Casablanca: colonial myths and architectural ventures
Casablanca is a city of international renown, not least because of its urban structures and features. Celebrated by colonial writers, filmed by Hollywood, magnet for Europeans and Moroccans, Casablanca is above all an exceptional collection of urban spaces, houses, and gardens. While it is true that Casablanca developed as a port city well before the introduction of the French in 1907, it unquestionably ranks among the most significant urban creations of the twentieth century, attracting remarkable teams of architects and planners. Their commissions came from clients who were interested in innovation and modernization, thereby fostering the emergence of Casablanca as a laboratory for legislative, technological, and visual experimentation.
Having studied the city for ten years, Jean-Louis Cohen and Monique Eleb trace, from the late nineteenth century to the early 1960s, the rebirth of a once-forgotten port and its metamorphosis into a teeming metropolis that is an amalgam of Mediterranean culture from Tunisia, Algeria, Spain, and Italy. The extensive presentation of the significant buildings of this hybrid city -- where, alongside the French, Muslim and Jewish Moroccan patrons commissioned provocative buildings -- is drawn from French and Moroccan archives, including hundreds of previously unpublished photographs. Cohen and Eleb focus as much on Casablanca's diverse social fabric as its urban spaces, chronicling the clients, inhabitants, and inventive architects who comprise the human component of an essential yet overlooked episode of modernism.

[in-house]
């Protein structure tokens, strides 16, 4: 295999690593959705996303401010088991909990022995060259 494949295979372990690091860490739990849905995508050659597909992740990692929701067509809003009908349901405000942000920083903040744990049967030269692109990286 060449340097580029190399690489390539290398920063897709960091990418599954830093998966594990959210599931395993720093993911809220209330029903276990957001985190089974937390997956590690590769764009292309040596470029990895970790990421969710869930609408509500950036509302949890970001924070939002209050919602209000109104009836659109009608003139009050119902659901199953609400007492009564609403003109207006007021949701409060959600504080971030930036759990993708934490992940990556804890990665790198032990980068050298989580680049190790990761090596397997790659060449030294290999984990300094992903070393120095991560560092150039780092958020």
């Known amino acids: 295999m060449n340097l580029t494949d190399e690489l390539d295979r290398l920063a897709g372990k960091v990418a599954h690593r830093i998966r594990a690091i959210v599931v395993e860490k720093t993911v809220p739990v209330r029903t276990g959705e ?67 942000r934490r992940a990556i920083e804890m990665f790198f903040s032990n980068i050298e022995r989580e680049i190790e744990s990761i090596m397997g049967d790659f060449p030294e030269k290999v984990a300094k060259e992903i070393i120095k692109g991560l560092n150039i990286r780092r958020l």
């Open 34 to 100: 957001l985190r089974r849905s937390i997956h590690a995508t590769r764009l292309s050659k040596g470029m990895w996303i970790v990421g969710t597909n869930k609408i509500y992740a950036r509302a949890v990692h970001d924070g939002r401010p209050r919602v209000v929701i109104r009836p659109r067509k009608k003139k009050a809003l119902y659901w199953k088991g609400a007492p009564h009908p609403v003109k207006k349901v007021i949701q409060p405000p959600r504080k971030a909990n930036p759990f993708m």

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Catapulted to fame by Bogart and Bergman in the classic film, the modern Casablanca nevertheless suffers a reputation as a third-rate destination for tourists and scholars. Cohen (architecture, NYU ... Read full review
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